2016 Sicily – Day 6 – Etna Vulcano

Mount Etna, located on the east coast of the island of Sicily in Italy, is one of the most active and well-known volcanoes in the world. The volcano has a history of eruptions dating back thousands of years, and it continues to be a source of fascination for geologists, volcanologists, and the general public.

Etna is a stratovolcano, which is a tall, steep-sided volcano built up from alternating layers of ash, lava, and volcanic rocks. The volcano stands at a height of around 3,329 meters above sea level, making it the highest volcano in Europe.

Etna has a complex and dynamic history of eruptions, with both explosive and effusive eruptions. Explosive eruptions are characterized by the explosive fragmentation of magma, leading to the release of ash, gas, and volcanic bombs. Effusive eruptions, on the other hand, are characterized by the gentle flowing of lava from the volcano’s summit or flanks.

Etna’s most recent eruption began in December 2019 and it’s still ongoing as of 2021. The eruption is mainly characterized as effusive, with lava flows and ash emissions.

Etna’s eruption has both positive and negative impacts on the surrounding area. On one hand, the volcano is responsible for the creation of fertile soil, which supports agriculture and forestry in the region. On the other hand, its eruptions can cause damage to infrastructure and disrupt air travel.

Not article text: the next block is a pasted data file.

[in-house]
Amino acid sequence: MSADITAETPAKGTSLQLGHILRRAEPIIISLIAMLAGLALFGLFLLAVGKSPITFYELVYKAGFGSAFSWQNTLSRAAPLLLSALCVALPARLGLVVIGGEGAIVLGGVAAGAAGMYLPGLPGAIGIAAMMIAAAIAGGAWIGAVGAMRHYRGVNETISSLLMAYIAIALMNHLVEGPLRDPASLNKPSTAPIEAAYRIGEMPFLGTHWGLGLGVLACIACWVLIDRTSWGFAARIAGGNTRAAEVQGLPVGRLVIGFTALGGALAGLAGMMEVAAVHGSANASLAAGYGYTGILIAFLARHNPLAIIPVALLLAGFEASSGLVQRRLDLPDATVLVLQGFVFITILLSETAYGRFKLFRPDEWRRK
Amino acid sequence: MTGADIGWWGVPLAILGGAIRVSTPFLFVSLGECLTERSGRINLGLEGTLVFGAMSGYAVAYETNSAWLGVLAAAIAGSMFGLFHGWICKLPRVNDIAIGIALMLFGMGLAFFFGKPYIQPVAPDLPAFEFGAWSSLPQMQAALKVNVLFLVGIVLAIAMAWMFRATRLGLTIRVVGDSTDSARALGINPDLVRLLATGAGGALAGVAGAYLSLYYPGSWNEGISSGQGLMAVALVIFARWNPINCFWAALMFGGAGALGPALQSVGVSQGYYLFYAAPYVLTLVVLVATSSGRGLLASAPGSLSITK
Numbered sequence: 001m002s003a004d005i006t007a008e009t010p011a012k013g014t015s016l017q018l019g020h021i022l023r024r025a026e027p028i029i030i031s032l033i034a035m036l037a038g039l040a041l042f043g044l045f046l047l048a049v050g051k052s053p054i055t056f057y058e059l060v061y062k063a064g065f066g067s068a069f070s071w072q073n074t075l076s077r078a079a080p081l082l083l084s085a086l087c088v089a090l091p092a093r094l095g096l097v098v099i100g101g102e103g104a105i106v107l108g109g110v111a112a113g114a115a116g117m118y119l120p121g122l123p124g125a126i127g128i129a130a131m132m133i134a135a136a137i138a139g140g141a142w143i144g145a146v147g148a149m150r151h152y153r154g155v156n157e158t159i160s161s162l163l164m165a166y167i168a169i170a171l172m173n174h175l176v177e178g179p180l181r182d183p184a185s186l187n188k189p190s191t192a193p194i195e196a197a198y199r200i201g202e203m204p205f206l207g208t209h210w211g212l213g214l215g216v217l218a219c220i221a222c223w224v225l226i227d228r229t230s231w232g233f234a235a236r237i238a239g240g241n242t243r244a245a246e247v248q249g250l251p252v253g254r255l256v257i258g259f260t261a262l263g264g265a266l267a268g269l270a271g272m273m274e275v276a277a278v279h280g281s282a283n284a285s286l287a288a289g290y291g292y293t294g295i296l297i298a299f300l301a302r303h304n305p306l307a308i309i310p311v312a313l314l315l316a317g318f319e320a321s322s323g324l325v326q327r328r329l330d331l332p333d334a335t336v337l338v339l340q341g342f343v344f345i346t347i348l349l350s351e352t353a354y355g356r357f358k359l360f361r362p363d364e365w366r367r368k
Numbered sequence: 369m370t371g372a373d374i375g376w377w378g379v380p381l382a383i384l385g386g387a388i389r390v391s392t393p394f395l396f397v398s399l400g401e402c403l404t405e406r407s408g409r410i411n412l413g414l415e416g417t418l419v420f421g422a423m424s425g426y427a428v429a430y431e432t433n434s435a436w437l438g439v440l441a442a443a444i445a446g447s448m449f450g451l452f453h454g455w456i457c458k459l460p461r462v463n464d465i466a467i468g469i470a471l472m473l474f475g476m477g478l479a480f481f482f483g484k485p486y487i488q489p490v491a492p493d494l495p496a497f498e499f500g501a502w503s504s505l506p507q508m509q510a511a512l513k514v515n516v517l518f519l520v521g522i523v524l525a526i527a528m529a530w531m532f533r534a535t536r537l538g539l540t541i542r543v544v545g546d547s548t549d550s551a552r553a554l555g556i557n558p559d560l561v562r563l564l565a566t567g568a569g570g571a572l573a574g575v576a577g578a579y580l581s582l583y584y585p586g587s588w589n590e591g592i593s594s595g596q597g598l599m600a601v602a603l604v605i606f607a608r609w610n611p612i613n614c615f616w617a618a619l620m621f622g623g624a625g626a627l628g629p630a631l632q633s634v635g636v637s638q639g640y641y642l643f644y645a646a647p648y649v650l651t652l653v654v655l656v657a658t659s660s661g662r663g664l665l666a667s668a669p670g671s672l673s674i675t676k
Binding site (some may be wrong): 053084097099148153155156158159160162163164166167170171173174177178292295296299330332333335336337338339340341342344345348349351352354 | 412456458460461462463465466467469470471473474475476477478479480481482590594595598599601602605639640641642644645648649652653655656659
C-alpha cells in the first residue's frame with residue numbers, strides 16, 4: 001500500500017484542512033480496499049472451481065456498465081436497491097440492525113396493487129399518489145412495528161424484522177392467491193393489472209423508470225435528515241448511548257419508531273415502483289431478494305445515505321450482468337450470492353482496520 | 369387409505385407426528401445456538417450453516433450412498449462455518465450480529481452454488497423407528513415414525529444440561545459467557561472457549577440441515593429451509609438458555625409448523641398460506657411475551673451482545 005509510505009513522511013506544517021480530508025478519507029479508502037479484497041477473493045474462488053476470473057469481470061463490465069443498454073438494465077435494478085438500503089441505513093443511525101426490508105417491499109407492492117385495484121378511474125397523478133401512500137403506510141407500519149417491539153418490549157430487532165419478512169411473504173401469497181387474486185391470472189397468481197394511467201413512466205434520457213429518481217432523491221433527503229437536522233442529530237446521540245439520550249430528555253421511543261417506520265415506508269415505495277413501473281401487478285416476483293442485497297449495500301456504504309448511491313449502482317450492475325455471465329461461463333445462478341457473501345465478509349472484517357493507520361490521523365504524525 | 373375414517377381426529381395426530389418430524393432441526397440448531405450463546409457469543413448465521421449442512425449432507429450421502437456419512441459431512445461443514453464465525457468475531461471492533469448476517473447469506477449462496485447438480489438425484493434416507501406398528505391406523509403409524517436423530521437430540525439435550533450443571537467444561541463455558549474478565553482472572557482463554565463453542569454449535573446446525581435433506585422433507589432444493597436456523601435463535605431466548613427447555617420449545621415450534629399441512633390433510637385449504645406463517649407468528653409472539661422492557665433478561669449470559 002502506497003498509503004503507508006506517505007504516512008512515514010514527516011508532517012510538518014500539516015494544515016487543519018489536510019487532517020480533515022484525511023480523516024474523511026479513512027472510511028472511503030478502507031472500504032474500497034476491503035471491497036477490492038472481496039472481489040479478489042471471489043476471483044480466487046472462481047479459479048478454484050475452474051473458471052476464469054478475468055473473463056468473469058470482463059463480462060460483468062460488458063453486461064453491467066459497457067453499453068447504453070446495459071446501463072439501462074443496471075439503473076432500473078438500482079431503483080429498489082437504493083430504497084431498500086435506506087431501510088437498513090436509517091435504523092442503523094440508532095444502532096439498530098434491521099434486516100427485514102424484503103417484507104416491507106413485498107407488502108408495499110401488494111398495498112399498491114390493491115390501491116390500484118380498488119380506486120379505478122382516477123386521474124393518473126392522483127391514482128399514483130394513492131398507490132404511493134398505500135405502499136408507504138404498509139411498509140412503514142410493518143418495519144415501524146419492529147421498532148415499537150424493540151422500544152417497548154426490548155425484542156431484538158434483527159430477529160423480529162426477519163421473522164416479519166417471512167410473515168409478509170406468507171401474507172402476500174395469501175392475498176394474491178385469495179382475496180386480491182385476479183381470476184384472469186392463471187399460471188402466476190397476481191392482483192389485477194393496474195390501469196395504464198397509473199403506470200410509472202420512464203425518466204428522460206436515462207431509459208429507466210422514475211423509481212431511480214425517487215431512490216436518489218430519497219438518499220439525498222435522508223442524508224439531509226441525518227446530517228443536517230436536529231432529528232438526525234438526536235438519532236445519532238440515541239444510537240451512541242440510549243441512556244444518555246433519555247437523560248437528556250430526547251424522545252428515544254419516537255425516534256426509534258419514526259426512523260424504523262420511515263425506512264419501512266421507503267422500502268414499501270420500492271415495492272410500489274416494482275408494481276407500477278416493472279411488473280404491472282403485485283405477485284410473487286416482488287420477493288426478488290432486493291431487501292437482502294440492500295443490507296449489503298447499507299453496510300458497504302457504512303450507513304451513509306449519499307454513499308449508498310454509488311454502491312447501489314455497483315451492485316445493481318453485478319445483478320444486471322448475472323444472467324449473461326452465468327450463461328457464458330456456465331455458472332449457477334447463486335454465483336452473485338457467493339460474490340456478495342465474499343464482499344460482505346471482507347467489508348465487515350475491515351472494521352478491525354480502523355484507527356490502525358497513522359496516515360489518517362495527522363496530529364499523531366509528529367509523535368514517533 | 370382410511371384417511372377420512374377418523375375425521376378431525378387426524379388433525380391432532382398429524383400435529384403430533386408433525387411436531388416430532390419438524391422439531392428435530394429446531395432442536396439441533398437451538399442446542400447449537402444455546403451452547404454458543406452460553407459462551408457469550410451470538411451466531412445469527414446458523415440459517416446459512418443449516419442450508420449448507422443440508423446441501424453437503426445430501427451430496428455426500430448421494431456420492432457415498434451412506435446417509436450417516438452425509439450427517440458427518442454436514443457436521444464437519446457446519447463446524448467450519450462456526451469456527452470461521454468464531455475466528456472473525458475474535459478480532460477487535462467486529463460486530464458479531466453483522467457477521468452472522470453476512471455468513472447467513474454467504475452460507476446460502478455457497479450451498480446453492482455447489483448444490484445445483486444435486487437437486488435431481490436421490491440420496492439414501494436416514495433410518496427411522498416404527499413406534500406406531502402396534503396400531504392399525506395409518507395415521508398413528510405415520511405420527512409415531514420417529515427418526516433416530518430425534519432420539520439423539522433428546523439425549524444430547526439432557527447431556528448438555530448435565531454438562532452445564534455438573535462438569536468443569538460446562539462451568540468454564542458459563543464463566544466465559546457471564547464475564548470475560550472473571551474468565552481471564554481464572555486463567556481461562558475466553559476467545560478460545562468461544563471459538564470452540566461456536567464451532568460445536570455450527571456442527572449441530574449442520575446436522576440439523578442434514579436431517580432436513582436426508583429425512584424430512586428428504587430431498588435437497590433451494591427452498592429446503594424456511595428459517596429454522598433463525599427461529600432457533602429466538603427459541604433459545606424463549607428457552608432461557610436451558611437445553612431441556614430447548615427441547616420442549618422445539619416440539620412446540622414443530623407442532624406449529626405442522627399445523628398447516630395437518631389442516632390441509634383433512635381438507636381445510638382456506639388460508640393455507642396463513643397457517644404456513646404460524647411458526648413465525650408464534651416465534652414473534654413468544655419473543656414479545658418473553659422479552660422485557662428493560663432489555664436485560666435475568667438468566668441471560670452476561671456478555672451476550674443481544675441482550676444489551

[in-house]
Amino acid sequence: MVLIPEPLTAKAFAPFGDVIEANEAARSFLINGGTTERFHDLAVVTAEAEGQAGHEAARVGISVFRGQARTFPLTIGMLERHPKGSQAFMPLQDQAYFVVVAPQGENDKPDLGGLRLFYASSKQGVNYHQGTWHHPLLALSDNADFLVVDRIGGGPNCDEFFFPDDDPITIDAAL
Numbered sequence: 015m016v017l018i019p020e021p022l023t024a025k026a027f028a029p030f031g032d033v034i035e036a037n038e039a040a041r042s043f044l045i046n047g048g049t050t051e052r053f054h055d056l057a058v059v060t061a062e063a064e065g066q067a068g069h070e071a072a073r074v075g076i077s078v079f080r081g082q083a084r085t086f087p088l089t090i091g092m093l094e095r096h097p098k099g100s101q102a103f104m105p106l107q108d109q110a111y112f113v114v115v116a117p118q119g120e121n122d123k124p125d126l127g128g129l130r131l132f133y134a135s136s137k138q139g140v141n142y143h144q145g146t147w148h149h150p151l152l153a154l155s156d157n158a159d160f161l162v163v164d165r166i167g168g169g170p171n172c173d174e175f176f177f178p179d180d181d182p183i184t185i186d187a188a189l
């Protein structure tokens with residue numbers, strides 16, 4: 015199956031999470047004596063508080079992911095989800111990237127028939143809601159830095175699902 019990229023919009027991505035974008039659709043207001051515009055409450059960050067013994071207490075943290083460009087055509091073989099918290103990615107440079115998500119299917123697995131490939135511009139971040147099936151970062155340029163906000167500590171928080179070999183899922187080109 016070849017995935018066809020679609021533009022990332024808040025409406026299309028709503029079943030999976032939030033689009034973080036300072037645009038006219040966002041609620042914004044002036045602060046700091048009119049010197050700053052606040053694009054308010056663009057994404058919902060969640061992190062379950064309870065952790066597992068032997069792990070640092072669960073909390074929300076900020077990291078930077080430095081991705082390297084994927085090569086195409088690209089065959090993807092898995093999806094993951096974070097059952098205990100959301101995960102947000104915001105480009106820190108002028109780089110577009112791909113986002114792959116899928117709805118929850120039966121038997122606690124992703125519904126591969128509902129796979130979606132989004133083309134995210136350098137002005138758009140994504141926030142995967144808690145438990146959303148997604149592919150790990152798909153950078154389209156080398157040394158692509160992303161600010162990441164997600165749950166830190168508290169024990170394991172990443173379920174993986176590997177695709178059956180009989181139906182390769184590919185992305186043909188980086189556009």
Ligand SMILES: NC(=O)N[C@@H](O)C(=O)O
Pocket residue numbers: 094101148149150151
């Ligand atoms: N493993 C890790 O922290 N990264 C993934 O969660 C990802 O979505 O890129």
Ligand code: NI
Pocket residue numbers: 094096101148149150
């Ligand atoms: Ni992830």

The volcano is also a popular destination for tourists, both for its natural beauty and for the opportunity to witness an active volcano. There are several tour companies offering guided tours to the summit and the surrounding area, and it’s also possible to hike around the volcano.

In terms of geology, Etna is a type of volcano known as a “decade volcano” because of its high level of activity. It’s believed that the volcano formed around 500,000 years ago, and it’s part of the larger volcano system known as the “Etna volcanic complex”.

Mount Etna is a fascinating natural wonder that continues to shape the landscape and culture of Sicily. Its eruptions are a reminder of the powerful forces of nature, and it’s a popular destination for those interested in volcanology and geology.